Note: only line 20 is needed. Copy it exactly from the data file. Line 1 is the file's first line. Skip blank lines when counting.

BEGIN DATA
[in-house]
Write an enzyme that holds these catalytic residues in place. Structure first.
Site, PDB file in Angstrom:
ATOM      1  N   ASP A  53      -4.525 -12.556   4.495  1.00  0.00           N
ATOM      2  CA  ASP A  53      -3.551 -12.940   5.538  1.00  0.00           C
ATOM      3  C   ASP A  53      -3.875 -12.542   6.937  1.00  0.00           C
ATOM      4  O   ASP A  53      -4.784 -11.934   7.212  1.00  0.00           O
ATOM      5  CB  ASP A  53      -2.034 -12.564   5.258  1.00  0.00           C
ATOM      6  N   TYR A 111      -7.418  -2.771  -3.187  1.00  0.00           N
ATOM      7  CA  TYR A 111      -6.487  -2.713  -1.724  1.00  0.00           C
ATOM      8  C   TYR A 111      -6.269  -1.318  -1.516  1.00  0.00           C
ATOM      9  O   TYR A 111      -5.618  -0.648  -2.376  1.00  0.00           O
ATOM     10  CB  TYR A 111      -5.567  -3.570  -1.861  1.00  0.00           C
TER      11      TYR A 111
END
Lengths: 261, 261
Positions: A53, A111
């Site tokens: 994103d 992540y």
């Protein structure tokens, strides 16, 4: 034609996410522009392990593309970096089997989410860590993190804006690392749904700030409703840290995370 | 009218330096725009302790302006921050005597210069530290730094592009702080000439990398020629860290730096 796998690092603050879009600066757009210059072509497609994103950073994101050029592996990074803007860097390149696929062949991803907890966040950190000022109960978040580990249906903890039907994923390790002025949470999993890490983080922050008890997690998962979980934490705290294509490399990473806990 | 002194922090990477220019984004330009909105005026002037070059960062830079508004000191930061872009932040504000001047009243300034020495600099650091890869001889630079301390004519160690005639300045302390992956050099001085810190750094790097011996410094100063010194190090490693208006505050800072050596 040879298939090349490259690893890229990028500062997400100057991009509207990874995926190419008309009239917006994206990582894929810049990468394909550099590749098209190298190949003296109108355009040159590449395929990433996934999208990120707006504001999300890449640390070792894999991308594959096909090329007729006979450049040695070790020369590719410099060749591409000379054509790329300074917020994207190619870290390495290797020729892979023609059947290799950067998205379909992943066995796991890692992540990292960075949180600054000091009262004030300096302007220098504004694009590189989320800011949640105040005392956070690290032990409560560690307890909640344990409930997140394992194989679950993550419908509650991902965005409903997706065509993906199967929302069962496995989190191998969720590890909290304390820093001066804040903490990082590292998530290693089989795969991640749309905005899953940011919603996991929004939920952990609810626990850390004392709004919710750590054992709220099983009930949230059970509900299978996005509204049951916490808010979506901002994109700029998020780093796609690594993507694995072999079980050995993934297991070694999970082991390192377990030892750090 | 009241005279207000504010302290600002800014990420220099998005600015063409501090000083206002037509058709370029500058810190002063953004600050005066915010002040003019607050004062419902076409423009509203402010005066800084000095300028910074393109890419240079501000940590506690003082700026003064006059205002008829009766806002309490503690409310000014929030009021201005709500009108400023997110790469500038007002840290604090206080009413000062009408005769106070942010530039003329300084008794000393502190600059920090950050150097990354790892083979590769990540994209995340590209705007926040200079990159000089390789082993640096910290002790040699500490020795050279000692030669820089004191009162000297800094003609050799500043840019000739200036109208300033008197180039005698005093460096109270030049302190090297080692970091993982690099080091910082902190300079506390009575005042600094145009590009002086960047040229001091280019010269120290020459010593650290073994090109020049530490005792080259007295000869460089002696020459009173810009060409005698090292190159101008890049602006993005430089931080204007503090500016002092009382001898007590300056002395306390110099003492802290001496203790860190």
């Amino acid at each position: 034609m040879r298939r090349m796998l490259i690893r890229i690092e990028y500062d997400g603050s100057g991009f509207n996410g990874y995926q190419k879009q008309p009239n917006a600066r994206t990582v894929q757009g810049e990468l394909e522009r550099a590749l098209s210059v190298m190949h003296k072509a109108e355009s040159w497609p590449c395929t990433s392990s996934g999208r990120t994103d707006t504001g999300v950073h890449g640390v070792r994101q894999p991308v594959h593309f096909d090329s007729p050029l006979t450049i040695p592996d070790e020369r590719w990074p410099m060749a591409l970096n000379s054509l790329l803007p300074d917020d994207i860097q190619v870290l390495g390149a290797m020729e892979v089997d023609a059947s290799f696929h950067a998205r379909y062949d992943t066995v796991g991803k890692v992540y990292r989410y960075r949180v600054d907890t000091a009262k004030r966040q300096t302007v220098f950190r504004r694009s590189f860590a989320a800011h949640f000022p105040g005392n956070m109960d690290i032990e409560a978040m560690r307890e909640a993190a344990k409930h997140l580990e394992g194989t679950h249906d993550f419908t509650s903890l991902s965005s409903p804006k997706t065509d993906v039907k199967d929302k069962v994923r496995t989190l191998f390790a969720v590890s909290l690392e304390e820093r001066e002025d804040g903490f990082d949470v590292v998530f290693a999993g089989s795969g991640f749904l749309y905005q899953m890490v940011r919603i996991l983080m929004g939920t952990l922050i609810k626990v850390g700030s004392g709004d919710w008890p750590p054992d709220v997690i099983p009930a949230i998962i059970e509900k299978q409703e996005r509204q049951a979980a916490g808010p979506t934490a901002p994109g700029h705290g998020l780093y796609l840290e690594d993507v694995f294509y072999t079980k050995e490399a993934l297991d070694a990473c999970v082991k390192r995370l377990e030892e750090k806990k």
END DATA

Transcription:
């Amino acid at each position: 034609m040879r298939r090349m796998l490259i690893r890229i690092e990028y500062d997400g603050s100057g991009f509207n996410g990874y995926q190419k879009q008309p009239n917006a600066r994206t990582v894929q757009g810049e990468l394909e522009r550099a590749l098209s210059v190298m190949h003296k072509a109108e355009s040159w497609p590449c395929t990433s392990s996934g999208r990120t994103d707006t504001g999300v950073h890449g640390v070792r994101q894999p991308v594959h593309f096909d090329s007729p050029l006979t450049i040695p592996d070790e020369r590719w990074p410099m060749a591409l970096n000379s054509l790329l803007p300074d917020d994207i860097q190619v870290l390495g390149a290797m020729e892979v089997d023609a059947s290799f696929h950067a998205r379909y062949d992943t066995v796991g991803k890692v992540y990292r989410y960075r949180v600054d907890t000091a009262k004030r966040q300096t302007v220098f950190r504004r694009s590189f860590a989320a800011h949640f000022p105040g005392n956070m109960d690290i032990e409560a978040m560690r307890e909640a993190a344990k409930h997140l580990e394992g194989t679950h249906d993550f419908t509650s903890l991902s965005s409903p804006k997706t065509d993906v039907k199967d929302k069962v994923r496995t989190l191998f390790a969720v590890s909290l690392e304390e820093r001066e002025d804040g903490f990082d949470v590292v998530f290693a999993g089989s795969g991640f749904l749309y905005q899953m890490v940011r919603i996991l983080m929004g939920t952990l922050i609810k626990v850390g700030s004392g709004d919710w008890p750590p054992d709220v997690i099983p009930a949230i998962i059970e509900k299978q409703e996005r509204q049951a979980a916490g808010p979506t934490a901002p994109g700029h705290g998020l780093y796609l840290e690594d993507v694995f294509y072999t079980k050995e490399a993934l297991d070694a990473c999970v082991k390192r995370l377990e030892e750090k806990k």